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Using The Da Vinci Code as a framework for the general public to explore the historical roots of Christianity.

Book Review: The Da Vinci Fraud

Although cast in the realm of fiction, Dan Brown’s The Da Vinci Code at least cracked open the door to discussion and thought about traditional views of Jesus of Nazareth. At the same time, it created the potential to obscure potentially legitimate ideas in the mire of a fictional mishmash. Robert Price is one New Testament scholar who seizes upon the opportunity Brown’s work presents to try to engage a wider audience in a discussion of the origins of Christianity.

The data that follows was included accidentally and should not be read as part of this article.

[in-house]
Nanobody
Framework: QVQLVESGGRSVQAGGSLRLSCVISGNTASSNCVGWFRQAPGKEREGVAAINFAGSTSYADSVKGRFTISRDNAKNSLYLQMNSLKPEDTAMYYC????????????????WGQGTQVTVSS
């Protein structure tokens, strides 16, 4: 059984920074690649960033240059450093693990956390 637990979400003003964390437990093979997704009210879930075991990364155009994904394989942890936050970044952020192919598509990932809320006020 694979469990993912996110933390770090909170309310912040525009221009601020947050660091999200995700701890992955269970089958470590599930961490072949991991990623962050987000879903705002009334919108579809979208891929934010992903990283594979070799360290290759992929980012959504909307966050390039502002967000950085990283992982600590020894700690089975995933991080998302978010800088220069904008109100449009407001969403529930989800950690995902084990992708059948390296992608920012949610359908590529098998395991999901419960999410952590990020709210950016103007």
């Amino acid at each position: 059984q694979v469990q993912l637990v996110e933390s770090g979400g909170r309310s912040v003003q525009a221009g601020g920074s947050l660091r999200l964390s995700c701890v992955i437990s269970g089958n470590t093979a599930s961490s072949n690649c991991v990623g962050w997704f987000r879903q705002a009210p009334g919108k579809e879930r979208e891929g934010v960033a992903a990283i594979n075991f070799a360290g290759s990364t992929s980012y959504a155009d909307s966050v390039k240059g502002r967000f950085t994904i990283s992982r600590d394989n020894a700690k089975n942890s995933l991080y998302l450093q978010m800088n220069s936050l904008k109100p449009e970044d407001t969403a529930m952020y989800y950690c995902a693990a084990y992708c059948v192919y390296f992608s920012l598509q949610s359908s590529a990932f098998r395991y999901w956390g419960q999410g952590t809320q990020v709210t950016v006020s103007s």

Price’s entry in this field is The Da Vinci Fraud. The title may be a bit misleading as Price stays largely within his particular area of expertise. A fellow in the Jesus Seminar, Price’s work does not concentrate on whether Leonardo da Vinci or other notables were members of some secret society devoted to protecting the secret that Jesus Christ and Mary Magdalene married and gave rise to the Merovingian dynasty of France. Likewise, he does not explore whether da Vinci’s “The Last Supper” actually contains clues as to this version of “history” and Mary Magdalene’s role in Christianity. Instead, The Da Vinci Fraud is a straightforward and generally very readable analysis of the validity of the theories espoused by Brown’s characters and how they correlate with research into the evolution and history of New Testament.